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Next is understanding basic song form. Knowing the verse, pre-chorus/build, chorus, bridge sections of a pop song or the head, solos, interludes, trading sections of a jazz tune can help you make sense of the recordings you’re listening to or charts you’re reading. Most western music is in 4 or 8 measure sections, so that should also clue you in to what may be going on.

As you start practicing the music, get the main idea first. Lay down the basic groove of the song and make it feel good (serve the song, not your ego). Once you have that down, you can worry about embellishing that groove to fill it out more.

PRO-TIP– Ask who else is playing on the gig. This just isn’t so you know who you’re playing with, but also so you can assess what other instruments you’re dealing with. Is there more than one drummer/percussionist? Multiple guitars? A horn section? This will help you to figure out how much (or how little) you need to play (which can effect your practice time). Obviously playing in a trio you have more room to develop your parts than you do a 10-piece band.

Once you have the groove down, you can check out the hits. Do you need to set them up? Can you get into and out of the groove while catching the hits? Are you playing the dynamics? Did you check out the length of the notes you’re playing (long vs. short)? You can think of this like painting a room. You start with the spray can or paint roller first to get the big areas (read: main ideas) and then you go in with the small brush to clean up the corners (read: details, dynamics, phrasing, etc.)

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Now once you have learned the tunes, I would make sure that you still have your other styles/genres down pat. I can’t tell you how many times I have played with an artist who has thrown and extra song or two (or seven) on the list that you have never heard (or practiced). Someone in the band usually says something like, ” Oh it’s just a shuffle in D. I’ll try and cue the hits, so watch me. But, don’t worry, you’ll hear it.” Which usually means, it is a triplet feel tune, that has a key modulation, several hits and breaks (of which none are cued), and there’s a couple of odd bar sections (9 bars instead of 8), with maybe a couple 3/4 measures in the bridge. So depending on the gig I am playing I make sure that any possible styles that could be called, I can play. For example, if I get called for a Pop/Rock gig, I also work on funk, shuffle, and 2-beat. If it is a GB (general business-wedding/convention/private event, etc.) I also work on swing, bossanova, cha-cha. I don’t ever want to be caught off guard so I usually do too much preparation, rather than not enough.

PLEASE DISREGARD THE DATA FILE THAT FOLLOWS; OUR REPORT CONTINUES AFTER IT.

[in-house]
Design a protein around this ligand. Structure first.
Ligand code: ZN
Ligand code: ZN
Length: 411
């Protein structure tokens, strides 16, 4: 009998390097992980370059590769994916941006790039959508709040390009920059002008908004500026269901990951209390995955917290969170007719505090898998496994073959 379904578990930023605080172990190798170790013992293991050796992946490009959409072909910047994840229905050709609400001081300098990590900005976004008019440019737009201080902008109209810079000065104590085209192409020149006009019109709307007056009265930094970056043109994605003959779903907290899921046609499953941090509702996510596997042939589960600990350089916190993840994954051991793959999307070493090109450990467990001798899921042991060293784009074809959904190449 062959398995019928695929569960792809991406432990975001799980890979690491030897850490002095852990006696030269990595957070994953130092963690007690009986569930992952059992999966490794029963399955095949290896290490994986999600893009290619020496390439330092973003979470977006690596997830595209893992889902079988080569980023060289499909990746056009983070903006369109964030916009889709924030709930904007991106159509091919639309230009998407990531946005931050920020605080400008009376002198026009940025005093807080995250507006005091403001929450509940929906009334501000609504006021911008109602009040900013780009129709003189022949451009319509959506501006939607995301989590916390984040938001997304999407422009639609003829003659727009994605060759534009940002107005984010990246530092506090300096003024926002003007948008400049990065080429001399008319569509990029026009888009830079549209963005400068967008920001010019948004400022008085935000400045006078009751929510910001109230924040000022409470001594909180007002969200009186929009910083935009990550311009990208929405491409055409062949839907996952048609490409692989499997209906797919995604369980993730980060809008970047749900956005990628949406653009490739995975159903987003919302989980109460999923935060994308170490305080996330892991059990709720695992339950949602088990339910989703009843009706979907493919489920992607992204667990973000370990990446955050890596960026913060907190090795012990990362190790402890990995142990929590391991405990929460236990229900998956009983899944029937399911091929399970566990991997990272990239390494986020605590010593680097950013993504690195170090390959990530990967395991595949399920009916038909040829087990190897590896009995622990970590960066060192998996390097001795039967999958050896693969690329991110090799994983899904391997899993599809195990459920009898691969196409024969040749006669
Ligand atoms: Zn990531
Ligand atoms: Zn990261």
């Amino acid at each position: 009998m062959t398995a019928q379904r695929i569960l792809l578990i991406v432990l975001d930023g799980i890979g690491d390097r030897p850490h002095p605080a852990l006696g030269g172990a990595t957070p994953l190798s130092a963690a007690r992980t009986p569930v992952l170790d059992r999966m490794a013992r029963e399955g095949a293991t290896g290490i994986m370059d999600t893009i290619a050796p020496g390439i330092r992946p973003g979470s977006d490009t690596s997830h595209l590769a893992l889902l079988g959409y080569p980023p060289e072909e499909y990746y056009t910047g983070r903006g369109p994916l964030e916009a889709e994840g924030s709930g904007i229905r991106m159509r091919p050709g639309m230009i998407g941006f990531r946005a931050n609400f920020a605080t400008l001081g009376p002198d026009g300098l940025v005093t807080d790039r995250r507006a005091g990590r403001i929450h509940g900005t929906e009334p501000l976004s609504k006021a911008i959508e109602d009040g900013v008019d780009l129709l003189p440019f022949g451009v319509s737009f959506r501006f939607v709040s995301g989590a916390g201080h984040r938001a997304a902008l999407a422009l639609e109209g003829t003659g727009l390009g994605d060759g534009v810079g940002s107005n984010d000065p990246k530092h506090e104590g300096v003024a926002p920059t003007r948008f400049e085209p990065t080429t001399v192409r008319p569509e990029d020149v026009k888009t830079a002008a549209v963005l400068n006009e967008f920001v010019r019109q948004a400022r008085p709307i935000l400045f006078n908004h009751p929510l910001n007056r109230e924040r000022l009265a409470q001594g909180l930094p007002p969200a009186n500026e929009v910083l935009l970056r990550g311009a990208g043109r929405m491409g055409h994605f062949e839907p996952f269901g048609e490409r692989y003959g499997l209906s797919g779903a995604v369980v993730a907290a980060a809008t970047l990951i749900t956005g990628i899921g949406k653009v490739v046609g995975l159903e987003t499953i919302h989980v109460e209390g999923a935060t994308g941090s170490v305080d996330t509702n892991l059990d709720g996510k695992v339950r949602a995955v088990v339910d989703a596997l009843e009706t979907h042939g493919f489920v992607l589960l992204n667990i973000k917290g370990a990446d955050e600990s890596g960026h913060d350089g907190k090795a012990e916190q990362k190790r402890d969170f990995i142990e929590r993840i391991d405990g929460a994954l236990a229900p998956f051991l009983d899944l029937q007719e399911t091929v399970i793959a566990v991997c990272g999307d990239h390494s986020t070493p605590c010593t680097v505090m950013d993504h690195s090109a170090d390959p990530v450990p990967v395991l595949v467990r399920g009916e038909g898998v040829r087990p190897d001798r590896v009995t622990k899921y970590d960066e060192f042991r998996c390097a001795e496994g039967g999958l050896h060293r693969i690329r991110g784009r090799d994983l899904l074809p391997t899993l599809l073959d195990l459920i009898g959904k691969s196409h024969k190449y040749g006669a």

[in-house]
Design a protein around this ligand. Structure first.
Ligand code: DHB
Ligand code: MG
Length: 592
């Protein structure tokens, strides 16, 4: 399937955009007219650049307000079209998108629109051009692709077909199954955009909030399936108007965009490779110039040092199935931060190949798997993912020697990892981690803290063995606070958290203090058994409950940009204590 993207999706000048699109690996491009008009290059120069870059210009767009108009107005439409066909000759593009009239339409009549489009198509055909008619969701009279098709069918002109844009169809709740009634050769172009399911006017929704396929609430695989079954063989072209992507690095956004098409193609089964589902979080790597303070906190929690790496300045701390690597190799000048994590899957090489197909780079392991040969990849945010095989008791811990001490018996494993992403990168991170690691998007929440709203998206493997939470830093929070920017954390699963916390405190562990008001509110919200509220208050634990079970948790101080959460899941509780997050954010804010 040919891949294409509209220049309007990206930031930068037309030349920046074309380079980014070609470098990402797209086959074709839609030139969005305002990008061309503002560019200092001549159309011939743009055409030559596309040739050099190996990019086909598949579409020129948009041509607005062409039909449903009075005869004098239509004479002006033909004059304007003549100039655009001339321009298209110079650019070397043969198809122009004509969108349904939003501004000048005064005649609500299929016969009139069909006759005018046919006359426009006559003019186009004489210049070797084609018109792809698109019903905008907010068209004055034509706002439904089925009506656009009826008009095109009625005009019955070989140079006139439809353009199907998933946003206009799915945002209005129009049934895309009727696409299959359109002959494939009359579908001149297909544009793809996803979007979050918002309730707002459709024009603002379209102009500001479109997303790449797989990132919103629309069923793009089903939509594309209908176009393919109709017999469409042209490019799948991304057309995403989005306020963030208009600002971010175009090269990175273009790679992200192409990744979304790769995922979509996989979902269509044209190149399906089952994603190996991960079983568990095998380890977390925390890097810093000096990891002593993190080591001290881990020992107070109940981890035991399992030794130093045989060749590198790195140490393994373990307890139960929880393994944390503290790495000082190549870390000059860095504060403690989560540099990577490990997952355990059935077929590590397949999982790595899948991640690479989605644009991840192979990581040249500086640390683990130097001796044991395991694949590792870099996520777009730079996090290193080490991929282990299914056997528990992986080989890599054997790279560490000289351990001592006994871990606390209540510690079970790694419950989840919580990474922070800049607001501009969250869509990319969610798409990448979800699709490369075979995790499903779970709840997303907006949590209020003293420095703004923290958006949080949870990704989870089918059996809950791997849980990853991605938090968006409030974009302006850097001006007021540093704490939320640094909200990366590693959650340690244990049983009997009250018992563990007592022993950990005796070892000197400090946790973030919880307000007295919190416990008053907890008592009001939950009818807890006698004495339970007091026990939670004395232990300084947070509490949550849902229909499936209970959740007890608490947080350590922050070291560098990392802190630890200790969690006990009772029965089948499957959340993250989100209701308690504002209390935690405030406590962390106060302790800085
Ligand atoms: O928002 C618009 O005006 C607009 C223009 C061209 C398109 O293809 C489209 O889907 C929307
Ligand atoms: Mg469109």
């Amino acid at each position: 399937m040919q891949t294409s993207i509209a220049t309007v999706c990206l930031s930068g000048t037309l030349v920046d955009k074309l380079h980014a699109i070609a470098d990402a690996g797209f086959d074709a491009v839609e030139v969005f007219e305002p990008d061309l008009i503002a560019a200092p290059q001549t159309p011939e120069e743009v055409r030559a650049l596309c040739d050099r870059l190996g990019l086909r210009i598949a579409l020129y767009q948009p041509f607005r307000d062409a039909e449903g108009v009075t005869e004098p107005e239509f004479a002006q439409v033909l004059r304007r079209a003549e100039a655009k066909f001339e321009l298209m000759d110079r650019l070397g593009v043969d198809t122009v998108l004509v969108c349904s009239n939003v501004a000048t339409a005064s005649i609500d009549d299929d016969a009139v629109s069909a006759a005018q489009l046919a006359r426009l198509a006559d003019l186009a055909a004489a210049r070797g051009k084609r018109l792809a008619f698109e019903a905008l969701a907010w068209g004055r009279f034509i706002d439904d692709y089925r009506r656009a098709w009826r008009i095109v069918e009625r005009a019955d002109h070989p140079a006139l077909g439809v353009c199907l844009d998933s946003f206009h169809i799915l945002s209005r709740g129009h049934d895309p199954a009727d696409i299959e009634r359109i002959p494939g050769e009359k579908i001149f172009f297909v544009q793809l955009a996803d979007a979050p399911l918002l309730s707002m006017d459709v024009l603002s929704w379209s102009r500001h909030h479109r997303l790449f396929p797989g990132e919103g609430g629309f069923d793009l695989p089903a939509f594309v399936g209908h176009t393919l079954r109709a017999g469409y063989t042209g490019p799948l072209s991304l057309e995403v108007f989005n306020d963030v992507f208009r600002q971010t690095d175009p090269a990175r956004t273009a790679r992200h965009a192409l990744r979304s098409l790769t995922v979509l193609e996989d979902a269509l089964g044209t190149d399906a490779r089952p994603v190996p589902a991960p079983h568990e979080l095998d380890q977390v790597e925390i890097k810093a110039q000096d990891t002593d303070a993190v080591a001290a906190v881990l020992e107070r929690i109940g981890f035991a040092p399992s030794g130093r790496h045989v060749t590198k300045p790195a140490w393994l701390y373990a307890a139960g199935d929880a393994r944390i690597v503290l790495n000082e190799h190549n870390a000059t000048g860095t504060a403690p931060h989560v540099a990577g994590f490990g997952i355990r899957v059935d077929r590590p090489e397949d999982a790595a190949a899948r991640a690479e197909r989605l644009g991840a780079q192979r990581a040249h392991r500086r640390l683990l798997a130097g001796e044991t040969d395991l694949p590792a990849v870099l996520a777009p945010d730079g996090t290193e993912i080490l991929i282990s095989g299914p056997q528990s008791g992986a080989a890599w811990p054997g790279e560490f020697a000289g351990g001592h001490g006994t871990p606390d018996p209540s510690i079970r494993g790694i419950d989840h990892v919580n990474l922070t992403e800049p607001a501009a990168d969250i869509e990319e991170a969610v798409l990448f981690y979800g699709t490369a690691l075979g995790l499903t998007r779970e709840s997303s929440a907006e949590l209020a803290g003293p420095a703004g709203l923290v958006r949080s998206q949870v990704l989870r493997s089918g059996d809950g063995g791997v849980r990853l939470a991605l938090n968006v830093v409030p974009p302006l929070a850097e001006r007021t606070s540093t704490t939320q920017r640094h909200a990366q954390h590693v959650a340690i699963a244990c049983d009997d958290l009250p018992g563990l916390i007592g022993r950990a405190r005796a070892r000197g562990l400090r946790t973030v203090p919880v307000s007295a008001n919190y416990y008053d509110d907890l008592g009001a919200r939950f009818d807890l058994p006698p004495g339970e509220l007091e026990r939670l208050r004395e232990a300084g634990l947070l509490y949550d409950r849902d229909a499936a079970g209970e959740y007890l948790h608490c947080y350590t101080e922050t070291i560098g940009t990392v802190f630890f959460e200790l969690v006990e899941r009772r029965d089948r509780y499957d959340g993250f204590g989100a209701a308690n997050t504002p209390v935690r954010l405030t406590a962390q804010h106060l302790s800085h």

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Lastly, you need to know your strengths and weaknesses. Don’t ever take a gig if you don’t think you can perform it to the standard it needs to be played at. I don’t play a ton of double-bass drum metal gigs to accept one. I can play a tune here and there in that style, but I wouldn’t be able to play a full gig for over an hour and do it well without some serious time to prepare. Most of the time when I get called to fill in, it is with days or weeks notice. Not a ton of time to shed so I need to maximize the time I do have. So if there is someone more qualified for a specific gig, I will recommend them. And this is done on the first phone call. I ask all the questions I need to know about the gig at hand to make my decision if I am able to do it or not. This includes questions about the music AND the gear required. You would be doing yourself (and the rest of the ensemble) a disservice if you accepted the gig and then weren’t able to perform at the level required, or worse, had to bail after rehearsing (and realizing you were in over your head).

Stay tuned next month as I get into a detailed post about writing out great charts, including the ominous ‘Nashville Number System’.